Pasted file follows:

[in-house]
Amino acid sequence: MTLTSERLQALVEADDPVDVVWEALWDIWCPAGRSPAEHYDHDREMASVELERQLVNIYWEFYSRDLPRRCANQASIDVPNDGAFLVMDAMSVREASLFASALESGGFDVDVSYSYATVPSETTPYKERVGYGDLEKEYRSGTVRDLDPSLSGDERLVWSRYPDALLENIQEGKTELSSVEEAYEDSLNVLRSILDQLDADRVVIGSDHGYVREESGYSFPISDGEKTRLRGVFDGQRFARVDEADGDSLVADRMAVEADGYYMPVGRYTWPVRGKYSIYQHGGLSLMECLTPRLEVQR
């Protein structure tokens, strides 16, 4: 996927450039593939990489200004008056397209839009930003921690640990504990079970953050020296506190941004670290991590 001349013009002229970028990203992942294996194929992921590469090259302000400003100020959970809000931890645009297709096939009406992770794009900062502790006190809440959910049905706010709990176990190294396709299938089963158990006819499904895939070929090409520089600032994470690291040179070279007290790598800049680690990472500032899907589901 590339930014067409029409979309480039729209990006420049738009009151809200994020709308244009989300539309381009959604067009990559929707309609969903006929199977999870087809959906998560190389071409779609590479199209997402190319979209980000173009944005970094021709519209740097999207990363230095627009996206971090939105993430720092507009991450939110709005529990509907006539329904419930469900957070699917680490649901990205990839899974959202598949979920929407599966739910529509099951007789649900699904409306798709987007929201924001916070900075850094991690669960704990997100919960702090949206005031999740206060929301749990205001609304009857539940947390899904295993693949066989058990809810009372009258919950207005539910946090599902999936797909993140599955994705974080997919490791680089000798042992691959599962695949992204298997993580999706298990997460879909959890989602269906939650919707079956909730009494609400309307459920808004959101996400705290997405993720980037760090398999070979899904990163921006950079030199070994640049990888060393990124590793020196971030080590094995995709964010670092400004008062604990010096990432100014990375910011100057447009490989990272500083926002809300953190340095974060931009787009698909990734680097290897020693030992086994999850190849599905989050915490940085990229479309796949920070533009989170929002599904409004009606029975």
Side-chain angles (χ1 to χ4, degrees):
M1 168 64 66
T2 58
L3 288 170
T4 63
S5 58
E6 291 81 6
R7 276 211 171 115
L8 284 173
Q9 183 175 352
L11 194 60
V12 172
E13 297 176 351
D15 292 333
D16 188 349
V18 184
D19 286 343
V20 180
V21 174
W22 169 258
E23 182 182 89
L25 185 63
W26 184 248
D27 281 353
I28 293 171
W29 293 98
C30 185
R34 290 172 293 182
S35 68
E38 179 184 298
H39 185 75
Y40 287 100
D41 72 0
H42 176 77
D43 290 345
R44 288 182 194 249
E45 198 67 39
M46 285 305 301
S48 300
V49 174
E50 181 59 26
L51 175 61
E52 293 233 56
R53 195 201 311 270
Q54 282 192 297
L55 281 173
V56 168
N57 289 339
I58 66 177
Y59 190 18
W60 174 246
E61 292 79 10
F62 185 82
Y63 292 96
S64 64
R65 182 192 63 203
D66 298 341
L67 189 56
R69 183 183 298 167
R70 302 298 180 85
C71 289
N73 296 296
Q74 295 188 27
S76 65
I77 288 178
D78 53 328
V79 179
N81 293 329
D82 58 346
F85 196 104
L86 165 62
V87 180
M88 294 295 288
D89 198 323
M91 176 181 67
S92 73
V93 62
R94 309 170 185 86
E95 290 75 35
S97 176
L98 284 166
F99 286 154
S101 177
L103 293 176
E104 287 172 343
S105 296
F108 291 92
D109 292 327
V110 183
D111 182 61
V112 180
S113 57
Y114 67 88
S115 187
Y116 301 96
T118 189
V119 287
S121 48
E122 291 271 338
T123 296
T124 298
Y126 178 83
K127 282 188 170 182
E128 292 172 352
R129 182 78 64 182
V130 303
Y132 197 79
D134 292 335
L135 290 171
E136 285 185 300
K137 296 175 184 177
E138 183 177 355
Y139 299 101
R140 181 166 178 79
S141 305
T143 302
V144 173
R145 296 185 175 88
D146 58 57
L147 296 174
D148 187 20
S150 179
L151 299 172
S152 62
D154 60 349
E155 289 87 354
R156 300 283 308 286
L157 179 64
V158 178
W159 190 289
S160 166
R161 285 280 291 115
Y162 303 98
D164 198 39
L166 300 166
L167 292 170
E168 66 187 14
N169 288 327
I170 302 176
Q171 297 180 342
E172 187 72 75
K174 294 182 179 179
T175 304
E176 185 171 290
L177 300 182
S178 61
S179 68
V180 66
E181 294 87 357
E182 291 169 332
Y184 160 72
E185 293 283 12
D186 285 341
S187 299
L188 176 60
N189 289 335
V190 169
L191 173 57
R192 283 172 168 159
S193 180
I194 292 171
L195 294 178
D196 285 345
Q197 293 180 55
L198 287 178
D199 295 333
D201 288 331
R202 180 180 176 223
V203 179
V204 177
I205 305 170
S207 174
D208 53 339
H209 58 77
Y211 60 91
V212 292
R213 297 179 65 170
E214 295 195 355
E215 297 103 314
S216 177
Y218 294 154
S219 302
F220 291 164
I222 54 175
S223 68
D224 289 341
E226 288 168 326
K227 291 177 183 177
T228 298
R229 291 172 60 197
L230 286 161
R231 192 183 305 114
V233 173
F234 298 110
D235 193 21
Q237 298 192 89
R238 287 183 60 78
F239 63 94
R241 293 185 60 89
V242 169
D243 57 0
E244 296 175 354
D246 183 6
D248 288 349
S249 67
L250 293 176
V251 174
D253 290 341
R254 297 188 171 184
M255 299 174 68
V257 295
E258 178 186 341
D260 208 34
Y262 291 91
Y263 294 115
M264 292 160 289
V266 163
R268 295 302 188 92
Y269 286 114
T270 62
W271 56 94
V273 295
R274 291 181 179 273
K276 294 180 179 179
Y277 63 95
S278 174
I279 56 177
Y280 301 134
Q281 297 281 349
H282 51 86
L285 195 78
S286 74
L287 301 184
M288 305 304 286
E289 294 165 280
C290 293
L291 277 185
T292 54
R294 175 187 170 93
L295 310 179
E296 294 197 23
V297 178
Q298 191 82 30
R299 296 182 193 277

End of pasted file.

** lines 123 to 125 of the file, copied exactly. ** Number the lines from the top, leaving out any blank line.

L147 296 174
D148 187 20
S150 179